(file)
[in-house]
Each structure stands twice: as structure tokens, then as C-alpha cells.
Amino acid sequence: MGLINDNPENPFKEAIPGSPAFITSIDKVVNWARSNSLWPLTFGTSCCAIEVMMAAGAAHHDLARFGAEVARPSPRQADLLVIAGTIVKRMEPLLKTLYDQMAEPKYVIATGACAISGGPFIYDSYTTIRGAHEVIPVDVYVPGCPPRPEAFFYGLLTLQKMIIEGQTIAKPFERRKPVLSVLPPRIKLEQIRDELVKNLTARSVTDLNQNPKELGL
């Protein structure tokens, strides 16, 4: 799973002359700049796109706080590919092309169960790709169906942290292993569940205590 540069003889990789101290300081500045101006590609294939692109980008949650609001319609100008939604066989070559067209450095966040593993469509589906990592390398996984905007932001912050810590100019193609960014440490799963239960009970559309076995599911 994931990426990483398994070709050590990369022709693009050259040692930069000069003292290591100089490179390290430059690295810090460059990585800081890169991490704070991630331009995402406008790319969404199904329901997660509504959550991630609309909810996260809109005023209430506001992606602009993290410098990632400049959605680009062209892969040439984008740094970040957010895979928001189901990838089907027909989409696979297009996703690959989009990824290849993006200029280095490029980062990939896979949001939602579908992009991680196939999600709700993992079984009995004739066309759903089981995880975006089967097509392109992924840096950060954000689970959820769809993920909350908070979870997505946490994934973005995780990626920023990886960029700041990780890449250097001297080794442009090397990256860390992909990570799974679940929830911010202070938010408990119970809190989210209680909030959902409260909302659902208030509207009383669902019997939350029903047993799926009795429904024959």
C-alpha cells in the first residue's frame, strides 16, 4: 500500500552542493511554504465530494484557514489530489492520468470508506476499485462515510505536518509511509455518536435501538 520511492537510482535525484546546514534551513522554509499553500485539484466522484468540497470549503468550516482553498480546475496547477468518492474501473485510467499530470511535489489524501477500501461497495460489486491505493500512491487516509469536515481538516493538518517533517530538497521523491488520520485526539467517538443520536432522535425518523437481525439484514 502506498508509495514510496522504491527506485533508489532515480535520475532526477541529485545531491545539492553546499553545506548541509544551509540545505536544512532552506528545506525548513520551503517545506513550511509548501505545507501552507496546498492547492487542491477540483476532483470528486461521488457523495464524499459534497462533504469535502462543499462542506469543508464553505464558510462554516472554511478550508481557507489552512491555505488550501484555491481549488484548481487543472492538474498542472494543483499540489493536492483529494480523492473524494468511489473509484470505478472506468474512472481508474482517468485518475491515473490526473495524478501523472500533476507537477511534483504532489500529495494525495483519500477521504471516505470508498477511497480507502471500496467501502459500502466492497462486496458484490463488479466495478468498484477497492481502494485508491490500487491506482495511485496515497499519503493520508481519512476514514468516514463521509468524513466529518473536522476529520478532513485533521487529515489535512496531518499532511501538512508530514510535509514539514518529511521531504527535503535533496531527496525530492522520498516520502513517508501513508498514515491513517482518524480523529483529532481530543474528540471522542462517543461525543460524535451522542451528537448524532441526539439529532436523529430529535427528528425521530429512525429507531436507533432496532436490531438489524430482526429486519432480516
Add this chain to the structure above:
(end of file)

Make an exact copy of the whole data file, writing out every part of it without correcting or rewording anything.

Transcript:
[in-house]
Each structure stands twice: as structure tokens, then as C-alpha cells.
Amino acid sequence: MGLINDNPENPFKEAIPGSPAFITSIDKVVNWARSNSLWPLTFGTSCCAIEVMMAAGAAHHDLARFGAEVARPSPRQADLLVIAGTIVKRMEPLLKTLYDQMAEPKYVIATGACAISGGPFIYDSYTTIRGAHEVIPVDVYVPGCPPRPEAFFYGLLTLQKMIIEGQTIAKPFERRKPVLSVLPPRIKLEQIRDELVKNLTARSVTDLNQNPKELGL
């Protein structure tokens, strides 16, 4: 799973002359700049796109706080590919092309169960790709169906942290292993569940205590 540069003889990789101290300081500045101006590609294939692109980008949650609001319609100008939604066989070559067209450095966040593993469509589906990592390398996984905007932001912050810590100019193609960014440490799963239960009970559309076995599911 994931990426990483398994070709050590990369022709693009050259040692930069000069003292290591100089490179390290430059690295810090460059990585800081890169991490704070991630331009995402406008790319969404199904329901997660509504959550991630609309909810996260809109005023209430506001992606602009993290410098990632400049959605680009062209892969040439984008740094970040957010895979928001189901990838089907027909989409696979297009996703690959989009990824290849993006200029280095490029980062990939896979949001939602579908992009991680196939999600709700993992079984009995004739066309759903089981995880975006089967097509392109992924840096950060954000689970959820769809993920909350908070979870997505946490994934973005995780990626920023990886960029700041990780890449250097001297080794442009090397990256860390992909990570799974679940929830911010202070938010408990119970809190989210209680909030959902409260909302659902208030509207009383669902019997939350029903047993799926009795429904024959």
C-alpha cells in the first residue's frame, strides 16, 4: 500500500552542493511554504465530494484557514489530489492520468470508506476499485462515510505536518509511509455518536435501538 520511492537510482535525484546546514534551513522554509499553500485539484466522484468540497470549503468550516482553498480546475496547477468518492474501473485510467499530470511535489489524501477500501461497495460489486491505493500512491487516509469536515481538516493538518517533517530538497521523491488520520485526539467517538443520536432522535425518523437481525439484514 502506498508509495514510496522504491527506485533508489532515480535520475532526477541529485545531491545539492553546499553545506548541509544551509540545505536544512532552506528545506525548513520551503517545506513550511509548501505545507501552507496546498492547492487542491477540483476532483470528486461521488457523495464524499459534497462533504469535502462543499462542506469543508464553505464558510462554516472554511478550508481557507489552512491555505488550501484555491481549488484548481487543472492538474498542472494543483499540489493536492483529494480523492473524494468511489473509484470505478472506468474512472481508474482517468485518475491515473490526473495524478501523472500533476507537477511534483504532489500529495494525495483519500477521504471516505470508498477511497480507502471500496467501502459500502466492497462486496458484490463488479466495478468498484477497492481502494485508491490500487491506482495511485496515497499519503493520508481519512476514514468516514463521509468524513466529518473536522476529520478532513485533521487529515489535512496531518499532511501538512508530514510535509514539514518529511521531504527535503535533496531527496525530492522520498516520502513517508501513508498514515491513517482518524480523529483529532481530543474528540471522542462517543461525543460524535451522542451528537448524532441526539439529532436523529430529535427528528425521530429512525429507531436507533432496532436490531438489524430482526429486519432480516
Add this chain to the structure above: